Many people in recovery feel that they will be unable to hide their drug use from potential employers. They mistakenly believe that there is a big sign on their forehead with the words “Addict” imprinted for everyone to see. In reality, there is nothing about outward appearance that would suggest their recovery status.
There is no right or wrong answer to the question of whether persons in recovery should reveal their drug use history to potential employers. Because prior drug use is not easily detectable, it is essential that both advantages and disadvantages be thoroughly considered when beginning a job search.
Many persons in recovery prefer not to reveal their drug history and disclosure can actually be problematic for both the employer and job seeker in light of possible legal consequences centering on discrimination, as well as possible stigmatisation within workplace.
It is important for persons in recovery to review the benefits of disclosure with vocational counselors in terms of fitting in with the team and job retention (i.e., identifying possible triggers for relapse). For example, a job seeker may need to focus on those jobs that offer flexible work hours or that involve routine and low-stress responsibilities. Alternatively, disclosure is a good idea if the candidate things s/he will need to phone a counselor for support during especially challenging situations. Also a consideration is at what point during the hiring process, the candidate should disclose their drug history and deciding who needs to know. During initial phone screens, it may not be necessary to disclose prior drug use since this interview is typically exploratory in nature. However, disclosure is appropriate if invited into the office for an in-persons meeting with the hiring manager (and potential supervisor).
Developing a vocational plan
In many cases the person in recovery will be working with a vocational counselor to develop and individualised vocational plan based on needs, interests, abilities, and career goals. Vocational planning should be flexible in nature and reassessed in light of the results of skills and interest inventories. Other measures that go into the mix include prior work or volunteer experience, as well as any barrier to employment (housing, child care, co-occurring medical conditions, specific triggers, etc.) It is also important to make full use of the person’s existing network so they may offer support in the realisation of vocational goals.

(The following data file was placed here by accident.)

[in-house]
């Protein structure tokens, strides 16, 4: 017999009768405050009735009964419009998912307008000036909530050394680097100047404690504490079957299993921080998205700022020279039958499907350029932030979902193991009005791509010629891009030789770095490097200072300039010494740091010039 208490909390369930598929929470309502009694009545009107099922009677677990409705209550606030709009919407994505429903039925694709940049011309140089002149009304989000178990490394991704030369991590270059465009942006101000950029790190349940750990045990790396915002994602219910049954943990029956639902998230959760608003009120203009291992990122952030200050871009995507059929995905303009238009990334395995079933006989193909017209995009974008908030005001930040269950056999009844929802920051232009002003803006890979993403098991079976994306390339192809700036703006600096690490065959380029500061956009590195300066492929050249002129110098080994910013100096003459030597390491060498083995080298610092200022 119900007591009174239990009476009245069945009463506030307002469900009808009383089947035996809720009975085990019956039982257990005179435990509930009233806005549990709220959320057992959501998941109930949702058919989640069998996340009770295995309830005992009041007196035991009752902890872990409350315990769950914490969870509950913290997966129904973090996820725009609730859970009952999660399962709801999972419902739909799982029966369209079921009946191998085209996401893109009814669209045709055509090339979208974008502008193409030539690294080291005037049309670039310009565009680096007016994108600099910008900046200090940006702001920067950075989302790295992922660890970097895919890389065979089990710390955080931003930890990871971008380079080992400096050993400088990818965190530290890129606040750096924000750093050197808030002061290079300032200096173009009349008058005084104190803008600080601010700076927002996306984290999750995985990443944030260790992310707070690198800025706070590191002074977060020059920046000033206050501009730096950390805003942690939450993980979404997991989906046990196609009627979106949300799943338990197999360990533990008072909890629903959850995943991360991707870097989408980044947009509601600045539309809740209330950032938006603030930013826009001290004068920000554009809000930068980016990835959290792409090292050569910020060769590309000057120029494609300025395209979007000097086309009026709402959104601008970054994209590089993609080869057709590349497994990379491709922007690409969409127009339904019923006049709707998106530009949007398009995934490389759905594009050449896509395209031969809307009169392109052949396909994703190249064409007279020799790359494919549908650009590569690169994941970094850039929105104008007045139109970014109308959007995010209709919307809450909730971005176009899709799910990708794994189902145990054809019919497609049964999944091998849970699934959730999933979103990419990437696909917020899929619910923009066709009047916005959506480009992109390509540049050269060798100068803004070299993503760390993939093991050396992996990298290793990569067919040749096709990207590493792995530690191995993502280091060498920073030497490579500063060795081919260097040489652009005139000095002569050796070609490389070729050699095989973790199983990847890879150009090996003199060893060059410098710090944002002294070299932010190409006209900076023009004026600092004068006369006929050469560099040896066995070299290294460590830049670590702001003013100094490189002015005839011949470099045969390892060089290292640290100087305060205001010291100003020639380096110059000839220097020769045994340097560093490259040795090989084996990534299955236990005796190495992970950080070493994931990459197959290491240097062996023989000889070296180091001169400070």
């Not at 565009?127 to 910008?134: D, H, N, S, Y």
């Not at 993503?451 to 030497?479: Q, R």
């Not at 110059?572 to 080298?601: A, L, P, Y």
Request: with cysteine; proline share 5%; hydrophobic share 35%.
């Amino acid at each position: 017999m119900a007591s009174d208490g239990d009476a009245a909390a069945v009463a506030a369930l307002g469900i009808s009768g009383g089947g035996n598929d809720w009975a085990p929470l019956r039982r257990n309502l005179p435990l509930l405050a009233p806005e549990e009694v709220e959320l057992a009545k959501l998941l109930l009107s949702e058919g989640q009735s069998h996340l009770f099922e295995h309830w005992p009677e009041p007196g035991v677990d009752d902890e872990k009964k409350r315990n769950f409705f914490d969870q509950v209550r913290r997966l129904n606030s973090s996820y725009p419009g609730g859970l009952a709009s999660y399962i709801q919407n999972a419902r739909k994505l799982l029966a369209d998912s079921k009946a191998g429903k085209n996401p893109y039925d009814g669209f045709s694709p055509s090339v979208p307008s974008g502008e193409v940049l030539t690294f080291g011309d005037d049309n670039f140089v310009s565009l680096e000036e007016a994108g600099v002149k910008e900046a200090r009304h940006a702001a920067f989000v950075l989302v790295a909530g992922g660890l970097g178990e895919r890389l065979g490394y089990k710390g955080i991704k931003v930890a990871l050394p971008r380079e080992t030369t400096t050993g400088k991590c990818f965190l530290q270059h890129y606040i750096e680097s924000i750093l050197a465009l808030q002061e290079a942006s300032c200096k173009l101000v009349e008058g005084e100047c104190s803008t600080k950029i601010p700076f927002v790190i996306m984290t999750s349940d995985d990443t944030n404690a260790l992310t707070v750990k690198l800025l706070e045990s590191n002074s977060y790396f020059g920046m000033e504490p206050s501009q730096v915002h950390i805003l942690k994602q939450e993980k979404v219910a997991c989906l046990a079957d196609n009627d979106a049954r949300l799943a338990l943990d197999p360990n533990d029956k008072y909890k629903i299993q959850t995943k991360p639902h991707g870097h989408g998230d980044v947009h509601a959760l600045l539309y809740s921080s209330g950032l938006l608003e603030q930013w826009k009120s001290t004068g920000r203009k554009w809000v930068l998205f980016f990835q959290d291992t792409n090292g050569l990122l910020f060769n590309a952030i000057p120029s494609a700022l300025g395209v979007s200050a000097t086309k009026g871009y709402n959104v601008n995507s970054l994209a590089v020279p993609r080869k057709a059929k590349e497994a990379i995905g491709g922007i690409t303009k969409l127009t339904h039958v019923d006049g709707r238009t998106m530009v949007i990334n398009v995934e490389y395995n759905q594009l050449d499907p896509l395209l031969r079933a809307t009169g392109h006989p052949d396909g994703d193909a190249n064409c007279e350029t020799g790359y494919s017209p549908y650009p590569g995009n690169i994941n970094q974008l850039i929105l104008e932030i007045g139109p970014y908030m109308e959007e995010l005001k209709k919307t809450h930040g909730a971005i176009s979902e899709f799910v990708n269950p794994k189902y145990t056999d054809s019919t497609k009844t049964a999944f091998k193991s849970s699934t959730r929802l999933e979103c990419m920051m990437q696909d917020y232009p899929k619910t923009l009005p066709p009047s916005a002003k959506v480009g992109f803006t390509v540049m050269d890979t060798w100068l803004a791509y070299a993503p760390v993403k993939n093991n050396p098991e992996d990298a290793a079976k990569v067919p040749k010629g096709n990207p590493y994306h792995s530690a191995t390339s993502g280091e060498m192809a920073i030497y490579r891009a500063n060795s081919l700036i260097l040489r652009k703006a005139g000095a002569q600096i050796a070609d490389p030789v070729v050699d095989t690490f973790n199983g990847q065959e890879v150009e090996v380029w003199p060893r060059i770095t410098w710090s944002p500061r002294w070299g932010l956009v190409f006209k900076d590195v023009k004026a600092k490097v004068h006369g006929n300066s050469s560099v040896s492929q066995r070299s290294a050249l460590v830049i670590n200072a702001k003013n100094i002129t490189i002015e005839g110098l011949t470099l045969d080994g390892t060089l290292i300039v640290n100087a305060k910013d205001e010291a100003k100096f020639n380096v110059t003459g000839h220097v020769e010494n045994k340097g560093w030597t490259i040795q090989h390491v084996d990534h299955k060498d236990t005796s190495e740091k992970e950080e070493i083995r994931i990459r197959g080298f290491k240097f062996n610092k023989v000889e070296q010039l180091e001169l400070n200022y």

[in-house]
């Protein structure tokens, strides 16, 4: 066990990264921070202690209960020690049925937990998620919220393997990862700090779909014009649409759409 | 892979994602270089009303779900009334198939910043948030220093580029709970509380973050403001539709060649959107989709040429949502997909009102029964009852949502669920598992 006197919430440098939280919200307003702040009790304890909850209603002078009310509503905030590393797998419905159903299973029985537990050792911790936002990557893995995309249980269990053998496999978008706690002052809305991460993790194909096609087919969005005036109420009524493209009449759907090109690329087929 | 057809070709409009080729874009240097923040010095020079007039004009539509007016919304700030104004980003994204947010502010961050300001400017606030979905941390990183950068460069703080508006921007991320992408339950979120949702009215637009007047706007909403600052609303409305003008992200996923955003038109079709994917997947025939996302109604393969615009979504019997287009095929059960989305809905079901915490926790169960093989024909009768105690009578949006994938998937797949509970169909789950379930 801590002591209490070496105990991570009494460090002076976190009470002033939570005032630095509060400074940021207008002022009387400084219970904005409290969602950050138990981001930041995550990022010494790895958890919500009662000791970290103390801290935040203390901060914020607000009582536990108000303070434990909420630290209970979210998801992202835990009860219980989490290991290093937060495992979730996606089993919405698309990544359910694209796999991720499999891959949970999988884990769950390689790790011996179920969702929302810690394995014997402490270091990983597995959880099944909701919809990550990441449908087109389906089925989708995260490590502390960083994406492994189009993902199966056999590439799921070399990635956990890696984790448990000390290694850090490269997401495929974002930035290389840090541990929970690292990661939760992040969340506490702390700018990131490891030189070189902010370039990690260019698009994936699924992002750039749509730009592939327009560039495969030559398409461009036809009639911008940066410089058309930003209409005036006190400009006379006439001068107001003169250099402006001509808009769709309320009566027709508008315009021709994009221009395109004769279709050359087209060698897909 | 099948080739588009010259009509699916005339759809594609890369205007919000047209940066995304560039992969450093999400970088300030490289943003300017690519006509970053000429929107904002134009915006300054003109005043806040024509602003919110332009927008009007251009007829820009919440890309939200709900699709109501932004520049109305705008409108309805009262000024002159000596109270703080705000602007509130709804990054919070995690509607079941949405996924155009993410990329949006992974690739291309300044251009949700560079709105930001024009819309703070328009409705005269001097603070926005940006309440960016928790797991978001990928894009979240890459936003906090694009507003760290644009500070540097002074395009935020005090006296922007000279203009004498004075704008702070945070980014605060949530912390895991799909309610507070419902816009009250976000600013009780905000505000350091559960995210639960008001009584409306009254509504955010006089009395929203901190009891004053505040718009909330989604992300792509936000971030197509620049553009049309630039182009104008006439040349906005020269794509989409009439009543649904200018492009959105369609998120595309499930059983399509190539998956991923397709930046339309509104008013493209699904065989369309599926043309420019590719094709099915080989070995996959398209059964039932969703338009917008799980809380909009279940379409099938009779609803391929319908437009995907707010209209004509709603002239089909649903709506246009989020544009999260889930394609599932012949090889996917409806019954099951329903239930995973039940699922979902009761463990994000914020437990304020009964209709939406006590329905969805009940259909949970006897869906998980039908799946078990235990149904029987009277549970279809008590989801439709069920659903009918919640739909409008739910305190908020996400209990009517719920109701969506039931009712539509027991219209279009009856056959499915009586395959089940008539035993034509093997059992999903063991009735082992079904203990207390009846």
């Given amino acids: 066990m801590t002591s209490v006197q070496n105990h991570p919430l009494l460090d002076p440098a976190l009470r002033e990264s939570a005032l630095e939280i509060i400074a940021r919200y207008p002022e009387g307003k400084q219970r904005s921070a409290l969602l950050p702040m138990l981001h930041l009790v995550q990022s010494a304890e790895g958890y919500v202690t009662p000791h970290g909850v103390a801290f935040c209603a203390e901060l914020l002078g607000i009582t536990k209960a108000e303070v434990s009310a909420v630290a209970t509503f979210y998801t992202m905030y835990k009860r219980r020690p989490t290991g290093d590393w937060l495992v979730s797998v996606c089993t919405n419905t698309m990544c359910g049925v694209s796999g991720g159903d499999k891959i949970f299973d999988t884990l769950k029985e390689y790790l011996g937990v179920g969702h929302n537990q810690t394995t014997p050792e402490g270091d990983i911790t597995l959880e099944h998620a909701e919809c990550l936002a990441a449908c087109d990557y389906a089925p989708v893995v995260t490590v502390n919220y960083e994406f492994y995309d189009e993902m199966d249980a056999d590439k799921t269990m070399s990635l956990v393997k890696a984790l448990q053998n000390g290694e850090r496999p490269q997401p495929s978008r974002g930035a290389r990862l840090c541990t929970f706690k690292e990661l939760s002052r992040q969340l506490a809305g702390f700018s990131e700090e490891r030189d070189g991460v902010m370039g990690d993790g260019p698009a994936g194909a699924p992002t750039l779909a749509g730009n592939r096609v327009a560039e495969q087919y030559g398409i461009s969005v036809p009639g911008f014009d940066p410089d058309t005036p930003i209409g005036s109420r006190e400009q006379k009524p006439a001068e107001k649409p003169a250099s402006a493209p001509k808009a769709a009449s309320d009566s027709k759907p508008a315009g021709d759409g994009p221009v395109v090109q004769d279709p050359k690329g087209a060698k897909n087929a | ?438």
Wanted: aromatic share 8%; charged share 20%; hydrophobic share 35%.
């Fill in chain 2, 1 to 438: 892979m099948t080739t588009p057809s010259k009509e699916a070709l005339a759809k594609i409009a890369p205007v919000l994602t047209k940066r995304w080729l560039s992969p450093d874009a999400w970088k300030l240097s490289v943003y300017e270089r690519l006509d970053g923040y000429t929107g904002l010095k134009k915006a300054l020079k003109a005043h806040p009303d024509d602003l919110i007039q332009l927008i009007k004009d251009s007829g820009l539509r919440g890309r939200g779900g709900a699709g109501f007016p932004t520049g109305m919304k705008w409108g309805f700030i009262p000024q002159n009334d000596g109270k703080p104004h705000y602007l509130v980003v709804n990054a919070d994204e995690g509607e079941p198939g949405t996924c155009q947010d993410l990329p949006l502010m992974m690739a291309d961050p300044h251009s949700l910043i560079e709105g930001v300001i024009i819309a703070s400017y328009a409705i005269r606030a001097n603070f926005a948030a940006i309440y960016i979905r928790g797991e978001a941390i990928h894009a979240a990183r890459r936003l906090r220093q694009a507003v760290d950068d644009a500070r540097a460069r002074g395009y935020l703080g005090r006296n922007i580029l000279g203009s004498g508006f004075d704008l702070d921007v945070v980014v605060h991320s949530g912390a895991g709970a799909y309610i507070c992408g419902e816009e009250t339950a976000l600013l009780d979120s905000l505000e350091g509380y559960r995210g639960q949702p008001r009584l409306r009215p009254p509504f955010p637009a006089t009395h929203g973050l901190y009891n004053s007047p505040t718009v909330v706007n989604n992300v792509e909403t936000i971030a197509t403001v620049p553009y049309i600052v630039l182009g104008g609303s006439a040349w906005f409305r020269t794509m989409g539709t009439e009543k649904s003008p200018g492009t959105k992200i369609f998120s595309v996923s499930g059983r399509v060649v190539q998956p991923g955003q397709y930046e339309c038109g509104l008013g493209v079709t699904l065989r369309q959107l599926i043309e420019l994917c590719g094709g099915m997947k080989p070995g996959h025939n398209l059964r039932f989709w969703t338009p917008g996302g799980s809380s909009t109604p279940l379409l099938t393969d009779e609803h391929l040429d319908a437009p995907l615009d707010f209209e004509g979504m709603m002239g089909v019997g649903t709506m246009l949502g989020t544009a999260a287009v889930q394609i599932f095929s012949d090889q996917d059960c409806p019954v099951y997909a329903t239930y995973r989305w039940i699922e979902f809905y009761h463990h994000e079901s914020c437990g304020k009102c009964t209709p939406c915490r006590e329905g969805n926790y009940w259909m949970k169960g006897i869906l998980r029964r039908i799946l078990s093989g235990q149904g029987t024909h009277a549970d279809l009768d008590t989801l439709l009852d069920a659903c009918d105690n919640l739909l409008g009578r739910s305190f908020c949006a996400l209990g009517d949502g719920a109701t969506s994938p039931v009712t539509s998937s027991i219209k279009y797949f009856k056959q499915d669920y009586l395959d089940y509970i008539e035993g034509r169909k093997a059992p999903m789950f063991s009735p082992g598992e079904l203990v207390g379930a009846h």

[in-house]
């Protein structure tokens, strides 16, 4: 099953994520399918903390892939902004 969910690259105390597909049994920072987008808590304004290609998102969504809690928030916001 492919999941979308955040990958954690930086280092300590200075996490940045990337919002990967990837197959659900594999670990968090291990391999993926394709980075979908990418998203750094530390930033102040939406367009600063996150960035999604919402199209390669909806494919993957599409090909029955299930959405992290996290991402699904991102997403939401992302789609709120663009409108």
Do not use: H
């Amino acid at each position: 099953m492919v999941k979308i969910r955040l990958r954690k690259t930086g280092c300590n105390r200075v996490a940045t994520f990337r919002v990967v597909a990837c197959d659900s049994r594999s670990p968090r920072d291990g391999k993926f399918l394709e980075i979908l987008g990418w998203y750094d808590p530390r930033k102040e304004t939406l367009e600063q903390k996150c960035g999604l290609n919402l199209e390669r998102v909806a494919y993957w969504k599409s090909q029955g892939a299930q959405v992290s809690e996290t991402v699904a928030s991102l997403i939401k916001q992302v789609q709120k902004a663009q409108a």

Flexibility is also important when engaging in a search. It may take longer for a person in recovery to obtain employment due to ‘slips”(as opposed to full blown relapse) or such self-sabotaging behaviour as missed interview, showing up late to interviews, or even turning down job offers (such self-sabotaging behaviours are usually the result of unexpressed fears and insecurities). Vocational counselors need to develop trust-based relationships with clients so that s/he is comfortable discussing all barriers to job search.
An effective individualised vocational plan will include a discussion of the following:
- Avoiding work situations that may set triggers for relapse (stress, late nights, working where alcohol is served, etc.)
- An evaluation of the pros and cons of high-paying jobs frequently associated with drug or alcohol use, such as construction or brokerage.
- The job seeker’s pattern of past drug or alcohol use. For example, if the person used drugs primarily during the evening hours, it is probably better to identify employment opportunities that offer a morning or afternoon schedule.
- Providing the job seeker with essential linkages to community services for housing, along with counseling in the area of financial management.
- Encouraging the job seeker to explore employment with companies that test for substance use as a condition of employment.
Many employers now regularly utilise drug testing during the hiring process and also monitor employee drug use with intermittent (and unannounced) testing. Identifying drug use enables both employers and treatment counselors to proactively address the situation before it leads to poor job performance and eventual dismissal. CMM Technology offers some of the best drug and alcohol testing equipment on the market today such as Lion breathalyser and Oraline drug tests. We have experts available to answer your questions and order testing equipment. We invite you to contact us today at (+61) 1300 79 70 30 to learn more about how your program may monitor drug use among employees.
Becker D.R, Drake R.E and Naughton W.J 2005, Supported employment for people with co-occurring disorders, Psychiatric Rehabilitation Journal, vol.28, no.4, pp.332-336. N.p, n.d. http://www.ncbi.nlm.nih.gov/pmc/articles/PMC2174596/
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